The standard policies to attract FDI in addition to state intervention to develop industries around comparative advantage sectors may result in leapfrogging and steady growth. By and large, however, these policies might not generate miracles
By Rattan Khushiram
“The empirical evidence shows that the odds for poor or middle-income countries to reach high-income status within a couple of generations are very low. Over 1960-2014, less than 10 percent of economies (16 out of 182) have reached high-income status.” A very interesting piece that may be of interest to our policy makers is the working paper titled “The Return of the Policy That Shall Not Be Named: Principles of Industrial Policy” by Reda Cherif and Fuad Hasanov, March 2019.
The paper analyses the success stories of the Asian economies and found that the determining factor was their industrial policies — what the authors describe as Technology and Innovation Policy (TIP). The TIP can be articulated into three key principles, which were applied at the onset by the Asian miracles: (i) state intervention to fix market failures that preclude the emergence of domestic producers in sophisticated industries early on, beyond the initial comparative advantage; (ii) export orientation, in contrast to the typical failed “industrial policy” of the 1960s-1970s, which was mostly import substitution industrialization (ISI); and (iii) the pursuit of fierce competition both abroad and domestically with strict accountability.
In addition, the extent of the technological leap to sophisticated industries early on and the extent of technology creation by domestic firms would determine how successful the long-term growth outcome could be. Success depends on policies emphasizing innovation and technology at every stage of the development process.
Both the state and the market have their roles to play in implementing TIP. The “Leading Hand of the State” has a role in steering labour and capital into activities the market would not necessarily undertake but market-signal-based decision-making and an autonomous private sector are also crucial.
There is a three-gear approach to implementing TIP. The Asian miracles – the highest gear – are the outcome of TIP in its moonshot approach version. The middle gear is a leapfrog approach and it may provide decent growth leading to the middle-income status, while the lowest gear is a snail crawl approach that results in relatively lower growth.
The three gears correspond to different sets of policies. The authors argue that a standard growth recipe such as improving business environment, institutions, and infrastructure, preserving macro-stability, investing in education, and minimizing government interventions is not sufficient to sustain high long-term growth and, to a large extent, constitutes the lowest gear of TIP, or the snail crawl approach. These policies mostly fix “government failures” but not necessarily “market failures,” especially in the development of sophisticated sectors.
The standard policies to attract FDI in addition to state intervention to develop industries around comparative advantage sectors may result in leapfrogging and steady growth. By and large, however, these policies might not generate miracles. By intervening to fix market failures to develop sophisticated sectors and domestic or home-grown technology, the state could create conditions for high and sustained long-term growth. These ambitious policies pursued by the Asian miracles represent the moonshot approach.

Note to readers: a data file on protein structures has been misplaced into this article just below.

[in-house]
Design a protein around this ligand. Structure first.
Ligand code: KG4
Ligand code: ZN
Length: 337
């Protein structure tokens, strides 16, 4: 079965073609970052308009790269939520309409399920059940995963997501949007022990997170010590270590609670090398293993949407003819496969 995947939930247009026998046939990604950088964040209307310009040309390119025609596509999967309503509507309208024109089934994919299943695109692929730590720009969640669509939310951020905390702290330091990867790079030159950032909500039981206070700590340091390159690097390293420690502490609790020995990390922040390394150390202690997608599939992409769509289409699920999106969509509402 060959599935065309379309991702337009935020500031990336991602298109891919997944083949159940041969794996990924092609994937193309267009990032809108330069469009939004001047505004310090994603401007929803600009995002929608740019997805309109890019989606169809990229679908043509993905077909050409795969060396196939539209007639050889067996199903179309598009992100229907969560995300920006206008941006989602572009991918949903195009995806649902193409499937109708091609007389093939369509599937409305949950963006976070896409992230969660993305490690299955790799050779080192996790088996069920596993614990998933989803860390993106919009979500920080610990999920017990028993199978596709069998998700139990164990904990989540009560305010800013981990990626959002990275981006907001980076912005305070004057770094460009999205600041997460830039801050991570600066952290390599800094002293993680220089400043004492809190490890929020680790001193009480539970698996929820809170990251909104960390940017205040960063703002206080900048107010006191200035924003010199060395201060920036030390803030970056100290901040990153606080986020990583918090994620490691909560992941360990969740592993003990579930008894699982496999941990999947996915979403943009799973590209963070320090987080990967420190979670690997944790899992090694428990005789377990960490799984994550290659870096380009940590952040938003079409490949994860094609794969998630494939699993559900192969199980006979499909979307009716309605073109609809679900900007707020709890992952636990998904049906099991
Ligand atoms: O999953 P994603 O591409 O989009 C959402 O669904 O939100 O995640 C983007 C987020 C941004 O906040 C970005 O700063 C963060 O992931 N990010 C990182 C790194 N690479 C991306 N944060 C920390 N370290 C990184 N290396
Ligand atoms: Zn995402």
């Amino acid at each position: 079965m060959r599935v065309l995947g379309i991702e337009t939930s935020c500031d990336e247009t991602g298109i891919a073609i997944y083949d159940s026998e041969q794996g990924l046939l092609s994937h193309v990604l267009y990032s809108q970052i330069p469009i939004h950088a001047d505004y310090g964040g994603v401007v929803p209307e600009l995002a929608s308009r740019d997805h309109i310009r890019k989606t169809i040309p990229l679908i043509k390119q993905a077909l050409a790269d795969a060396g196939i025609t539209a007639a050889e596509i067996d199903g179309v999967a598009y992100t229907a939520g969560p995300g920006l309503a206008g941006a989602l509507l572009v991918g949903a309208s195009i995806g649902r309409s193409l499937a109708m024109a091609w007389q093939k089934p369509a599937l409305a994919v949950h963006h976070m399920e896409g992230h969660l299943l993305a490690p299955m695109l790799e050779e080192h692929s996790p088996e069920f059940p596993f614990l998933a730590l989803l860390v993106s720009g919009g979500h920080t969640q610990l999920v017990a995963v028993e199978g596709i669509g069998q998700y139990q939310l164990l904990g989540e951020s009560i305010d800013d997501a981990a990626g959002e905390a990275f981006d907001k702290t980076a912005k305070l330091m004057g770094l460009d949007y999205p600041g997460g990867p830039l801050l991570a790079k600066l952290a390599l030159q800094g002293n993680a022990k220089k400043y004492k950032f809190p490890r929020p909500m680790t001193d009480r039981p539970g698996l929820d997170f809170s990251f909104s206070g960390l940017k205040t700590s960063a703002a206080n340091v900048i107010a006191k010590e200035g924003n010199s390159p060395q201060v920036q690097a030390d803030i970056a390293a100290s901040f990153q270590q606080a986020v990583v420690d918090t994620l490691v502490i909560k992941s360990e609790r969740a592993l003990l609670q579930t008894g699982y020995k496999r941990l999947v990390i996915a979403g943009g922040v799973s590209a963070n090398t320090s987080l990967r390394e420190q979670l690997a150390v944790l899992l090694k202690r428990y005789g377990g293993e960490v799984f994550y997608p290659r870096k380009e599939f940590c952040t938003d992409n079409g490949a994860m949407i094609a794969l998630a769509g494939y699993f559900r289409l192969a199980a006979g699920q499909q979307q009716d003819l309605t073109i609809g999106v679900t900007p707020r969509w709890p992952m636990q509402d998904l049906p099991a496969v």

Thus the crux of their arguments is:
- TIP was based on the state intervention to facilitate the move of domestic firms into sophisticated sectors beyond the existing comparative advantage.
- Second, export orientation since the onset played a key role in sustaining competitive pressure and pushing firms to innovate.
- Finally, the discipline of the market and accountability were enforced in a strict manner.
The authors are careful in their definition of TIP; they do give it a broad definition and try to define what it is not. They argue that the tools traditionally associated with industrial policy, such as subsidies, tariffs and the use of State Owned Enterprises (SOEs), are not necessarily effective ways to pursue TIP. Some of these policies could in fact explain the failures of industrial policy in the past.
As regards the role of the State, TIP is the exact opposite of centralized planning, as it favours more competition and autonomy of the private sector, not less. The aim of state intervention is to correct market failures where they exist and enforce a strict market discipline. As such, it is the exact opposite of indefinite support for under-performing, under-innovating and rent-seeking firms. They also agree that TIP is neither that easy to pursue or nor a cookbook recipe. For example, how to select sectors or enforce strict market discipline is still an uncharted territory.
Perhaps their emphasis on the necessary and sufficient conditions for sustained growth may be useful in our case of the snail crawl approach. They point out that the standard recipe of macro-stability, improving institutions and business environment, or investing in infrastructure and human capital may be necessary ingredients, but not necessarily sufficient for high sustained growth. But through the lens of TIP, policymakers can set clearer priorities for their growth strategies, and higher and more sustained growth is possible.
What should be the sectors to focus, what type of institutions to build, and what types of skills and infrastructure to acquire, and how to do so? Cherif and Hasanov will be attempting to address these issues in a follow-up paper.
* Published in print edition on 12 April 2019